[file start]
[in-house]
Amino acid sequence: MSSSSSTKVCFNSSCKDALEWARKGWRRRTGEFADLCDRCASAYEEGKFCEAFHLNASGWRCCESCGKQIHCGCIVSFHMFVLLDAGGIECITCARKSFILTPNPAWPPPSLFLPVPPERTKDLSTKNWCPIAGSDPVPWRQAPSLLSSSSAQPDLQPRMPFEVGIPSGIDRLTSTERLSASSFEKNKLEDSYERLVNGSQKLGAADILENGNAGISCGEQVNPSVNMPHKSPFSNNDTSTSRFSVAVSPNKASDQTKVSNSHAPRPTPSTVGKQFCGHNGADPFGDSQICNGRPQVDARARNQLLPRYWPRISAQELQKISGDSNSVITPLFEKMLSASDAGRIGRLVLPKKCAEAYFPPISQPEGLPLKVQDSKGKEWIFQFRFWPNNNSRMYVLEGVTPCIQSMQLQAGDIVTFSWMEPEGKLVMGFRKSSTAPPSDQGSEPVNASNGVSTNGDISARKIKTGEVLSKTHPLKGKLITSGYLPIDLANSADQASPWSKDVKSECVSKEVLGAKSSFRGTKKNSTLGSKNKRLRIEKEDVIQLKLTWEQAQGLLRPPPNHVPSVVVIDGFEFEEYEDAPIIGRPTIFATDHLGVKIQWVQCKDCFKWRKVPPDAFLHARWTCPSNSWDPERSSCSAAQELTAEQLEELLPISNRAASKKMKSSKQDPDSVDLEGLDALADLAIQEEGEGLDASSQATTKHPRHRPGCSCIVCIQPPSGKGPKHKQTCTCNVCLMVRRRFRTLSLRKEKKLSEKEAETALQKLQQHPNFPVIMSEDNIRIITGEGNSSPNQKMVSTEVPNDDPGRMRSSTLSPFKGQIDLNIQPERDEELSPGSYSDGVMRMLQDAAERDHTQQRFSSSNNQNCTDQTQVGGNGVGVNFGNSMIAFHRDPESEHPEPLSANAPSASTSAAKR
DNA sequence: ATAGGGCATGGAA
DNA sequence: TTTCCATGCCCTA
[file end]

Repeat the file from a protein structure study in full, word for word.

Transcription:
[in-house]
Amino acid sequence: MSSSSSTKVCFNSSCKDALEWARKGWRRRTGEFADLCDRCASAYEEGKFCEAFHLNASGWRCCESCGKQIHCGCIVSFHMFVLLDAGGIECITCARKSFILTPNPAWPPPSLFLPVPPERTKDLSTKNWCPIAGSDPVPWRQAPSLLSSSSAQPDLQPRMPFEVGIPSGIDRLTSTERLSASSFEKNKLEDSYERLVNGSQKLGAADILENGNAGISCGEQVNPSVNMPHKSPFSNNDTSTSRFSVAVSPNKASDQTKVSNSHAPRPTPSTVGKQFCGHNGADPFGDSQICNGRPQVDARARNQLLPRYWPRISAQELQKISGDSNSVITPLFEKMLSASDAGRIGRLVLPKKCAEAYFPPISQPEGLPLKVQDSKGKEWIFQFRFWPNNNSRMYVLEGVTPCIQSMQLQAGDIVTFSWMEPEGKLVMGFRKSSTAPPSDQGSEPVNASNGVSTNGDISARKIKTGEVLSKTHPLKGKLITSGYLPIDLANSADQASPWSKDVKSECVSKEVLGAKSSFRGTKKNSTLGSKNKRLRIEKEDVIQLKLTWEQAQGLLRPPPNHVPSVVVIDGFEFEEYEDAPIIGRPTIFATDHLGVKIQWVQCKDCFKWRKVPPDAFLHARWTCPSNSWDPERSSCSAAQELTAEQLEELLPISNRAASKKMKSSKQDPDSVDLEGLDALADLAIQEEGEGLDASSQATTKHPRHRPGCSCIVCIQPPSGKGPKHKQTCTCNVCLMVRRRFRTLSLRKEKKLSEKEAETALQKLQQHPNFPVIMSEDNIRIITGEGNSSPNQKMVSTEVPNDDPGRMRSSTLSPFKGQIDLNIQPERDEELSPGSYSDGVMRMLQDAAERDHTQQRFSSSNNQNCTDQTQVGGNGVGVNFGNSMIAFHRDPESEHPEPLSANAPSASTSAAKR
DNA sequence: ATAGGGCATGGAA
DNA sequence: TTTCCATGCCCTA